A Grateful Heart

Kasia Kwitnieski Blog 2 holding up a food tray in the kitchen at Francis House

Depending on the hat I am wearing for the day at Francis House, I either work with administration or work as a caregiver. When I am an administrator, my typical day starts with preparing and making breakfast for the residents. Each resident can order whatever they would like for breakfast including omelet’s, pancakes, poached eggs, waffles, etc. which improves my cooking skills and makes my mornings eventful! After I have finished up the dishes from breakfast, I will typically help with any administrative work that needs to be done including logging volunteer hours, answering the phones, or helping with various other tasks that need to be done around the house. When lunch time arrives, I help take lunch orders and serve lunch to the residents! In the afternoon, I typically spend time visiting with the residents talking with them about their life or sharing with them about mine. This is time I cherish getting to know the resident’s and hearing all of the fun stories or memories they have to share from their life. The afternoon is typically mixed in with more administrative work that varies from day to day and before you know it, it’s time to leave for the day! 

When I am a caregiver, I start by receiving a report from the overnight shift on how the residents are doing or any changes. After the report, I start my morning rounds checking on the residents and getting them out of bed if they are awake. After breakfast is served to those who want it, various daily hygiene routines are carried out with the residents including brushing teeth, giving baths, changing clothes/linens if needed, and repositioning the residents! The intimate physical care with the residents is something I am so grateful to get the chance to do. Mixed in with the care for the day is cleaning each resident’s room including sweeping, mopping, sanitizing and putting away clothes. After lunch, the afternoon flies by with more care needs and various activities with the residents including taking them on walks around the house or checking in any visitors. After performing final cleaning tasks and giving a report to the next shift, I am ready to head home for the day!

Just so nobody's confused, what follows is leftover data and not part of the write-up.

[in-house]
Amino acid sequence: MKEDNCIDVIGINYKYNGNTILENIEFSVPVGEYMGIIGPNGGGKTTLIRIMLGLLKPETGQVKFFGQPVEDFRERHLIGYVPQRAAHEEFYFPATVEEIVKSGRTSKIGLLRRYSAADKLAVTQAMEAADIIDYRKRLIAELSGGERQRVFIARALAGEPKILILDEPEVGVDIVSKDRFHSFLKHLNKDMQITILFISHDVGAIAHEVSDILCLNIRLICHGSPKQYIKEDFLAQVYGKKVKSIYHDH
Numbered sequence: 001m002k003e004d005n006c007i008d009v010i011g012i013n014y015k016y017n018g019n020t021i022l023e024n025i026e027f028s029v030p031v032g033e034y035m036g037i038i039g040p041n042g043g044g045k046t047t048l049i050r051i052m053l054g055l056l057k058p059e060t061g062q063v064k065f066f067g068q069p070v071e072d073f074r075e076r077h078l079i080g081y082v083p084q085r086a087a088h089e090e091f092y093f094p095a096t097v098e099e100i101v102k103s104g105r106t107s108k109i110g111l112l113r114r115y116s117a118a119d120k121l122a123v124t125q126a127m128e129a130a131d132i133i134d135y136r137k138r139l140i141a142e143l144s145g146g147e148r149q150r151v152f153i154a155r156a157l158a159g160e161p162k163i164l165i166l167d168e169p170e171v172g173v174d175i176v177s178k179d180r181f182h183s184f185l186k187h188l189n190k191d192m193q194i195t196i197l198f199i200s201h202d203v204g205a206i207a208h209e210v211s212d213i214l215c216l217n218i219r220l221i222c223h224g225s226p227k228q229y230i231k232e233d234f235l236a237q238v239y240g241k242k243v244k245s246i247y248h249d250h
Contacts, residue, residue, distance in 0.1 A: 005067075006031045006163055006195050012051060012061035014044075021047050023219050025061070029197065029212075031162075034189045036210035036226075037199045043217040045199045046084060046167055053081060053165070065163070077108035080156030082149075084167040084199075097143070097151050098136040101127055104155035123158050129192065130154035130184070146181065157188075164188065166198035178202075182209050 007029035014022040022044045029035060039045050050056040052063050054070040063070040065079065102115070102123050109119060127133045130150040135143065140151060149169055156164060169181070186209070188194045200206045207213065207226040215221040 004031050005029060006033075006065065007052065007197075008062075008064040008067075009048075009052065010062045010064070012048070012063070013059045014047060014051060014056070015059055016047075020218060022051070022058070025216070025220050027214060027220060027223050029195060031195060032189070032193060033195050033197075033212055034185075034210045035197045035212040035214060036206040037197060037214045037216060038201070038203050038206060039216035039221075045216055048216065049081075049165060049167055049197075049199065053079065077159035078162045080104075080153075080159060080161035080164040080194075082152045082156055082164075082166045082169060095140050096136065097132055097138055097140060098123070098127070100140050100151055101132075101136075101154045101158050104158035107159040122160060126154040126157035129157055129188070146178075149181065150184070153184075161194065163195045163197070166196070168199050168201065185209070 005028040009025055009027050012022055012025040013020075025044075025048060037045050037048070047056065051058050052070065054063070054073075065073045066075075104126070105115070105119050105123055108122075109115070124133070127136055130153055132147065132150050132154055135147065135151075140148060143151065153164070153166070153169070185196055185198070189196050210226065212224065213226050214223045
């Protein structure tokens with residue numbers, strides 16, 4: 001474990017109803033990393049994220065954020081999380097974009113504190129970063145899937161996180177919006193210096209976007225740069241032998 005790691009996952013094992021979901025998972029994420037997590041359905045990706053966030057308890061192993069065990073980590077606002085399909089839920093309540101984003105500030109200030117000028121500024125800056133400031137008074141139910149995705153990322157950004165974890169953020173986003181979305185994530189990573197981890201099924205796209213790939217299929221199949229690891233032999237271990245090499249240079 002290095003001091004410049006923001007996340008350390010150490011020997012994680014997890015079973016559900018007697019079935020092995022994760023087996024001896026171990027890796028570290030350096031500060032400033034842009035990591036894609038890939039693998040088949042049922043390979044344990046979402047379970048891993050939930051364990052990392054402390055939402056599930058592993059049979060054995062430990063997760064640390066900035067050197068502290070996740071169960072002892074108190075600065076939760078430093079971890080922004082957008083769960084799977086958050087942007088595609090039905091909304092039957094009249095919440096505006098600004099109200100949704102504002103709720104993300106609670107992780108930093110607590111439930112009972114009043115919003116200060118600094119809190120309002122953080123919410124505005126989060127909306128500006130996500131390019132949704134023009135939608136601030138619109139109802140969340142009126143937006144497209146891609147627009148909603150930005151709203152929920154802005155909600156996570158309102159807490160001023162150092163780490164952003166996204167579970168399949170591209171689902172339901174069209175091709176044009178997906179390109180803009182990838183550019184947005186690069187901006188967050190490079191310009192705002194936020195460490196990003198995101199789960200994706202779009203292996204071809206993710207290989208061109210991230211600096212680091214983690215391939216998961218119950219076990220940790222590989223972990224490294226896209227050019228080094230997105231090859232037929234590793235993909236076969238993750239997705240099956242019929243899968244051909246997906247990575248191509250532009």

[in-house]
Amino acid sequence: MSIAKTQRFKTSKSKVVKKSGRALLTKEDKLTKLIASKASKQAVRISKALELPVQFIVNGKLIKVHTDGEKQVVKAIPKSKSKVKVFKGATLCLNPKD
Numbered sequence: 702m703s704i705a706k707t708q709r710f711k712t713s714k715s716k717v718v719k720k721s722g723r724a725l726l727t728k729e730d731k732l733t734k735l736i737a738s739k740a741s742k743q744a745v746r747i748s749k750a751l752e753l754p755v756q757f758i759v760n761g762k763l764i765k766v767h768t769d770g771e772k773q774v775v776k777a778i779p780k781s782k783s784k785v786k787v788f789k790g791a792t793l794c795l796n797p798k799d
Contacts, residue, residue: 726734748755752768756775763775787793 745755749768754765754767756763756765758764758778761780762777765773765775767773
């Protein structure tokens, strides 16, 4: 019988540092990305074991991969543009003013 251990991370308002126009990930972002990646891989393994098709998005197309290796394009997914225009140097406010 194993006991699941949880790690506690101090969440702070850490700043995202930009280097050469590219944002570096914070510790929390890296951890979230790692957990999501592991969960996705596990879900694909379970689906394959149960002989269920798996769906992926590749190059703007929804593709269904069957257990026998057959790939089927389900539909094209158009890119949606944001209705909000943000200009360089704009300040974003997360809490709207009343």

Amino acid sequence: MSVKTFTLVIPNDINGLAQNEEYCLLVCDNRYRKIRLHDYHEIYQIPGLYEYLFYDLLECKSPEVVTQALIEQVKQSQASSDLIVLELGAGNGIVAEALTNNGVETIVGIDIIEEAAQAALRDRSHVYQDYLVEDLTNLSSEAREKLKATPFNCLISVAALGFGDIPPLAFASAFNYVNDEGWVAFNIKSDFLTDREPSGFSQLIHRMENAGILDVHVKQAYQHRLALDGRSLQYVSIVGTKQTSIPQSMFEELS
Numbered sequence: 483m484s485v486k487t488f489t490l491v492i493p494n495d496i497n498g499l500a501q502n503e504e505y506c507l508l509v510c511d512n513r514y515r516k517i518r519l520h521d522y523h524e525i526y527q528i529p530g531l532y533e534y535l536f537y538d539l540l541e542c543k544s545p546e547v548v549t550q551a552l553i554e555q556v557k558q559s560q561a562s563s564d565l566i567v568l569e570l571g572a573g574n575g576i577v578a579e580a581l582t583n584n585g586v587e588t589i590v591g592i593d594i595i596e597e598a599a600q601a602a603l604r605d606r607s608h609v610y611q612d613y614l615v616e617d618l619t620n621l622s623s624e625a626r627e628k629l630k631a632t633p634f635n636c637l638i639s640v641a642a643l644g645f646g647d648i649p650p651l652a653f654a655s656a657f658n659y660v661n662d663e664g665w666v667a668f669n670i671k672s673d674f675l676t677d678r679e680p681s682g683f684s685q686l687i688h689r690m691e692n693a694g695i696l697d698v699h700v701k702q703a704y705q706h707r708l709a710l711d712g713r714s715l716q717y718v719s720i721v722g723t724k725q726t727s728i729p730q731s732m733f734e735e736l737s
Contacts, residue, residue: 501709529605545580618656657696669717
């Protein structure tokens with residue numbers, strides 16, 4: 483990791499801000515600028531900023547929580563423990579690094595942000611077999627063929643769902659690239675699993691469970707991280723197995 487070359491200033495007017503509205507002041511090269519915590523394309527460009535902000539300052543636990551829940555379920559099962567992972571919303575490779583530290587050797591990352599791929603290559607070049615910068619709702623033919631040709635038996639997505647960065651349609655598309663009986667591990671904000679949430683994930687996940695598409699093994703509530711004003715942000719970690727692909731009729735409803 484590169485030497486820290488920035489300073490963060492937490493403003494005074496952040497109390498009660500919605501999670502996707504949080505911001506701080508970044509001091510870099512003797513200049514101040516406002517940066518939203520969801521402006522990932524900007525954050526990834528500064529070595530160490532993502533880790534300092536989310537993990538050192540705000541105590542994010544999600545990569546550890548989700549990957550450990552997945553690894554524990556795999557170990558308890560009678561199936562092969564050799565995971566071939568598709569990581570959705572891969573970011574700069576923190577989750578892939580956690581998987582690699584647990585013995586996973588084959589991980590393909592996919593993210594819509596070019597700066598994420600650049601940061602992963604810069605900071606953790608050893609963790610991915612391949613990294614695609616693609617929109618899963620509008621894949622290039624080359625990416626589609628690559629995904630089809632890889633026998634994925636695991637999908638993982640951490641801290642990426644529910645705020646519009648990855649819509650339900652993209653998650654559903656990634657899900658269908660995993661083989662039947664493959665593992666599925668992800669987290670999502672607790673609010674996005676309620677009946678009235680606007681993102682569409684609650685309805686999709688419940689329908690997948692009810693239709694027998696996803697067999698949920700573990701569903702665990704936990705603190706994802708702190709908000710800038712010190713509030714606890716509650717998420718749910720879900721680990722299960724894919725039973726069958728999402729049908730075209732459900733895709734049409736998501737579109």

A high of getting to serve at Francis House is having an experience that will change my perspective for the rest of my life. I receive more from the residents I serve than I could ever give to them. Knowing you are making an impact in someone’s life whether it’s simply making a resident laugh or comforting a family member is truly a gift. Along with service changing my life for the better, I have received unconditional love, acceptance, and joy from my community members. Living with seven other people who share the same values, faith, highs and lows of the day, and service experiences with you is something I will always cherish and be grateful for. A low of service is seeing suffering that doesn’t seem fair and knowing there’s nothing you can do to change the outcome of it. Although this has been hard to witness, it has made me possess a gratitude for the life I live that I would not have fully realized without this experience. A low of living in community is having to grocery shop for eight people, but even that seems normal to me now!

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